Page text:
The other question that will arise in the heart of the audience is to ask if Happy Paintings have emerged for wishing them to being. Far from the traditional, pastel colors of the spectrum, we see hard, non-contrasty mixes that are earthy and full-blooded. Happiness, for the artist, is mature, contemplative, reasoned acceptance and grand-standing. Nkechi Abii knows that the painting must come to life in the heart, and she helps the viewer on the journey; modelling in car filler, in large blobs of color applied without care for smooth transitions. There is no subtlety. The work is emphatically in-your-face, taking pride of place.  
It is auspicious that the show opens at Mr. Jibunoh’s Didi Museum, resplendent with its potted plants and flowers. It is a horticulturist’s haven. The gallery owner has made a name for himself internationally for crusading for environmental matters. Let’s say the show has found home. There is a kinship.  
Nkechi Abii’s plum palette reflects her familiarity with textile prints. Her studio is arranged thus-a fashion house with bespoke clothes at the corner; sofas with her artist son and his friends doing speed-painting, playing video games and watching a movie; and a high worktable that serves as a flat easel for laying liquid acrylics on canvas or board. An easel stands in the corner with one of her paintings mounted. In this space, the woman spins and lays out colors. The workspace is filled with memorabilia. Like a musician taking the stage in a command performance, the artist is very ‘present’ while she constructs new landscapes. It is her world. 
The works on view at Fragrant Kaleidoscopes may be divided into three parts-portraits, duets and landscapes. The portraits are solo pieces that render the subject matter as near to life, and sometimes magnified a thousand times over. The boldness of such squinting that yields details of parts of a plant hitherto unnoticed by the wayfaring observer comes is a joyful surprise. One is moved to touch. The duets or subjects in one work, for example the acrylic painting Bee-titude, of a hibiscus flower and bee that flies out of the canvas( literally) is lush and drags the viewer in for the familiarity of such a scene. Documenting and translating, the artist watches the little miracles unravel. The landscapes or bouquet of flowers are composites. Particularly of note is a long painting with iridescent colors with a palette reminiscent of an Odilon Redon landscape. The cadmium red of the roses and yellow lights don’t mix. Two of the roses stand out in relief, growing from the painting. When she took a break from the art scene, Nkechi Abii seems to have travelled to Gauguin’s island, only to return with pictures of vibrant textured landscapes of flowers. The color space freely borrows and exchanges, revealing new interpretations and fusions.  
There will be tears and thorns, and the occasional bloodletting for people playing in rose bushes. There are times when the titles of works seem misleading, as though skimmed over in the huge repertoire of paintings. No title, at least in this show, should stoop so low. Nkechi Abii has worked, and received a hard sieving of impurities from an in-house critic-Nduka, her son for whom she has the highest regards as an artist. Her younger sister Uloma manages the exhibitions. With a flair for poetry, Uloma discusses the appropriateness or otherwise of chosen titles of works. Such supportive family help Nkechi Abii to continue. She is excited, bubbling with energy after many years of silence. She has things to say-bitter or sweet, embellished with a smile.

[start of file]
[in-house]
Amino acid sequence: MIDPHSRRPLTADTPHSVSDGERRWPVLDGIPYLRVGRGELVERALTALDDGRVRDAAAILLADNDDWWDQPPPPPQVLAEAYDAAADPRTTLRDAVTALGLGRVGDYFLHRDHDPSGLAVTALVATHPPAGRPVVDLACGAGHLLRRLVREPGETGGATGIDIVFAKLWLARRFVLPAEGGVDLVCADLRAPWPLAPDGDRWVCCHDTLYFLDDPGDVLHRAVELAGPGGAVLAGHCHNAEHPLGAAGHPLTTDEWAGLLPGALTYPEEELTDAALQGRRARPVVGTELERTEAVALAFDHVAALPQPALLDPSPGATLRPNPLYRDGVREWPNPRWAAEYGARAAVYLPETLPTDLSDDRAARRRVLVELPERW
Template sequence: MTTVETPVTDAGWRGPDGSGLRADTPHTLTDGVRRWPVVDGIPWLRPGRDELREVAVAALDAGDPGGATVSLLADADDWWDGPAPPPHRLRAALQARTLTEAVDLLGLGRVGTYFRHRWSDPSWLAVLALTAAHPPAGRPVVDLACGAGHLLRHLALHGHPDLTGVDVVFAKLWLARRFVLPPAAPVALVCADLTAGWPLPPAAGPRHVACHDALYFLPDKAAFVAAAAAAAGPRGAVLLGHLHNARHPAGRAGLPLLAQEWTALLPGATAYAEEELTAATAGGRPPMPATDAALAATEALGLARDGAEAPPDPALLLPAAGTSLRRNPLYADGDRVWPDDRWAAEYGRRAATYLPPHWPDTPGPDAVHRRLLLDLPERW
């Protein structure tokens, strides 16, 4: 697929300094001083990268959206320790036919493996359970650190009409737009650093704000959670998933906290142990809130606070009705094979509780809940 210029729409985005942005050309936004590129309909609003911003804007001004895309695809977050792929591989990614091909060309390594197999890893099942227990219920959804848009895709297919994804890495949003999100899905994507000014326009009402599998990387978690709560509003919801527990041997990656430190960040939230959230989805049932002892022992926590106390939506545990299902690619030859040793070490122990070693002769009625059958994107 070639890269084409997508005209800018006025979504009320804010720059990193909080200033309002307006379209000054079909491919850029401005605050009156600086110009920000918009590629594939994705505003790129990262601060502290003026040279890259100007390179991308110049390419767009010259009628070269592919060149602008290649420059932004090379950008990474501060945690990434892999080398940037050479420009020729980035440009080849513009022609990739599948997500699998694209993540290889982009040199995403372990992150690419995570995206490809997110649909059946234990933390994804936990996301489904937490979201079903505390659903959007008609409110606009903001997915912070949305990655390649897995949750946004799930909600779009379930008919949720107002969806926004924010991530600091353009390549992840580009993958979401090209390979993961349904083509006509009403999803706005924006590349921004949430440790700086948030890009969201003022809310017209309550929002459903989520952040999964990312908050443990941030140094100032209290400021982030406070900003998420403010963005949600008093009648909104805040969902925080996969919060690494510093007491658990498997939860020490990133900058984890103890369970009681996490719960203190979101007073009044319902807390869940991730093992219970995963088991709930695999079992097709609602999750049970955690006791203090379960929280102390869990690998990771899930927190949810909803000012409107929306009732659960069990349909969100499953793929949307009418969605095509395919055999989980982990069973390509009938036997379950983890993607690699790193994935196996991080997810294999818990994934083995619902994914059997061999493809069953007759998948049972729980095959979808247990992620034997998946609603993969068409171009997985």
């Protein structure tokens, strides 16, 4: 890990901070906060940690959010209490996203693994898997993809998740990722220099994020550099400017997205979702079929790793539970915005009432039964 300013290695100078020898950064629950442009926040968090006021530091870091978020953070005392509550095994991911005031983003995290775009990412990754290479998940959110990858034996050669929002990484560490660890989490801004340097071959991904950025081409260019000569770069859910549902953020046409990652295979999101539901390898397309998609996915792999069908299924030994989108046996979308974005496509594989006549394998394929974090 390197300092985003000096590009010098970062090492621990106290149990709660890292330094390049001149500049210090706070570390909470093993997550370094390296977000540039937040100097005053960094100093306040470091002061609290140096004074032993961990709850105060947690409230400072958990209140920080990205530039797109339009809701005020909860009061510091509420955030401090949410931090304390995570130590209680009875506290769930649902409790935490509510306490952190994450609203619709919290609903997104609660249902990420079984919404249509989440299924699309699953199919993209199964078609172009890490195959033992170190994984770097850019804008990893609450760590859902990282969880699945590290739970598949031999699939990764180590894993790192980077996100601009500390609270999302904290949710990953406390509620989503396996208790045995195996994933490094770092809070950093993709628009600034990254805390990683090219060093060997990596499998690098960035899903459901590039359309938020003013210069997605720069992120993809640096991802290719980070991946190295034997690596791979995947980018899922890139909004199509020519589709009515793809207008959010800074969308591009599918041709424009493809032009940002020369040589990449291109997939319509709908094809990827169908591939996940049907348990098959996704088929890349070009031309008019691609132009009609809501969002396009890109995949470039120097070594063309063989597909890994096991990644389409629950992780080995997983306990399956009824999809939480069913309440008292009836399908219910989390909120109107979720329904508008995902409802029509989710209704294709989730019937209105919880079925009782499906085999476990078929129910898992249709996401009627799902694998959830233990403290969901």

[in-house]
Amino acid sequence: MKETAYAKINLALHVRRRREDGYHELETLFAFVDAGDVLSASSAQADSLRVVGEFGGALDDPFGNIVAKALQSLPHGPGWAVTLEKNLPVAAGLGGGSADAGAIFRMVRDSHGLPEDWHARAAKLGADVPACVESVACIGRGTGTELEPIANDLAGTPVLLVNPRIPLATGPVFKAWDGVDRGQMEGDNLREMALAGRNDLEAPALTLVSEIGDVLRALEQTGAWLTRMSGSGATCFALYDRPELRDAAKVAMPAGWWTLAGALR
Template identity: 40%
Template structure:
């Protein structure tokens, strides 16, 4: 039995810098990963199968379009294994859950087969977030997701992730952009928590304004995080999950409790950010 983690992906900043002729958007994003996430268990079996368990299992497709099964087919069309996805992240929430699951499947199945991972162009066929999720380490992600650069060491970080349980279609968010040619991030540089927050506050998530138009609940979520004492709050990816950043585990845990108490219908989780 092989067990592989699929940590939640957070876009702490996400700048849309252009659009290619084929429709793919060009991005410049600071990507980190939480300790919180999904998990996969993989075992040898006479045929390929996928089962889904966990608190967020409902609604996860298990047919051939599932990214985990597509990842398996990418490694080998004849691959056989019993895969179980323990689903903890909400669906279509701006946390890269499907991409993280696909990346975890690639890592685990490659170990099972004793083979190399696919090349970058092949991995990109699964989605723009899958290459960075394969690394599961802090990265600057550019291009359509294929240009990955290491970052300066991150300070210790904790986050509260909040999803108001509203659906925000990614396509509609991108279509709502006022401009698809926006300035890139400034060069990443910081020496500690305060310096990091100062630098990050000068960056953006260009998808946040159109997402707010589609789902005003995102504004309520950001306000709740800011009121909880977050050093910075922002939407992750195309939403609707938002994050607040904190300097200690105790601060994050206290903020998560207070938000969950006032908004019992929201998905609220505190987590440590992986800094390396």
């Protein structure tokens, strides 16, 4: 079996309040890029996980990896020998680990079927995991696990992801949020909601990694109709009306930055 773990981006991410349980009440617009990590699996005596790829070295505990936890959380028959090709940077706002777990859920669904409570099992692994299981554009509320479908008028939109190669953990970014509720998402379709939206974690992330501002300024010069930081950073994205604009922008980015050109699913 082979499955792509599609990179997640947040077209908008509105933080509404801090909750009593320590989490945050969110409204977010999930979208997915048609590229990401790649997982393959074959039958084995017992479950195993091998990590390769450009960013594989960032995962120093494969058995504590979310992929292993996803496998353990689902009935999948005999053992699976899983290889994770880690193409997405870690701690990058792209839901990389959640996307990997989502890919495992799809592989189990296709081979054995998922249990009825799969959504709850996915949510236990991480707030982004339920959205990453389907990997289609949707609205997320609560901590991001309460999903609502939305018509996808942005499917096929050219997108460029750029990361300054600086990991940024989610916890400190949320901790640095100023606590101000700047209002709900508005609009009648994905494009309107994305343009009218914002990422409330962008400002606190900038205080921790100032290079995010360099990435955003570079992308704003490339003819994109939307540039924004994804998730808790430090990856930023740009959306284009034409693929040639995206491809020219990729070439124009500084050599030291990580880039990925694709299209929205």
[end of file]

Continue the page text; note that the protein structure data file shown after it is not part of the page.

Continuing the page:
One sees the way the painter allows color to stand alone on flat planes. The spaces break the rules of proportion as she emphasizes, leading her audience to a private, shared space. Seeing women as flowers with petals of steel is putting it rather mildly. Nsukka has seen a plethora of such women. Chinwe Uwatse and Ndidi Dike are contemporaries. Chinwe Uwatse’s watercolors exude delicate, yet strong and assured lines that veil the floral, sinuous flow of her works. Ndidi Dike’s panels are of the same progeny- full of ambitious delicacy and playful virtuosity. There are other ‘fragrant’ notes. Marcia Kure’s works still chase the fluid beauty lines of traditional Uli painters. She creates tight neo-surrealist imagery in colorful, textured montages with sheer white backgrounds that scream as loud. One thing the Nsukka artists have in common is an understanding and emphasis on using Space, rallying positive and negative spaces in random breathtaking nuances. The plane is of utmost importance. Sukanthy Visagaperumal, Nkechi Nwosu-Igbo, Lilian Pilaku, and Nnenna Okore are familiar names who continue to works as artists. They are such flowers with petals of steel, releasing fragrances that hit on different notes, working in media as varied as seeds, beads, sackcloth, writing free verse poetry, creating mixed media portraits, all holding the fort in the small ranks of practicing female artists, who, as Nature calls, (as in Nkechi Abii’s case) may hibernate into periods of silence as they give meaning to their lives in ways only women can. Fragrant Kaleidoscope is the story of a woman reborn. 
Anthony Nsofor writes from Lagos. 

Democracy\Dictatorship-Differences and Similarities for the Populace

A dictator is one man whose word is deed. In democracies, a ruler can acquire the same power if the system is corrupt. It ends up being about numbers-how corrupt are the supposed checks and balances to be swayed by the highest bidder, in this case, the man with the greatest power, who is often the ruler, call him president or prime minister. In a democracy, more people are culpable for corrupt practices, crimes of injustice, etc.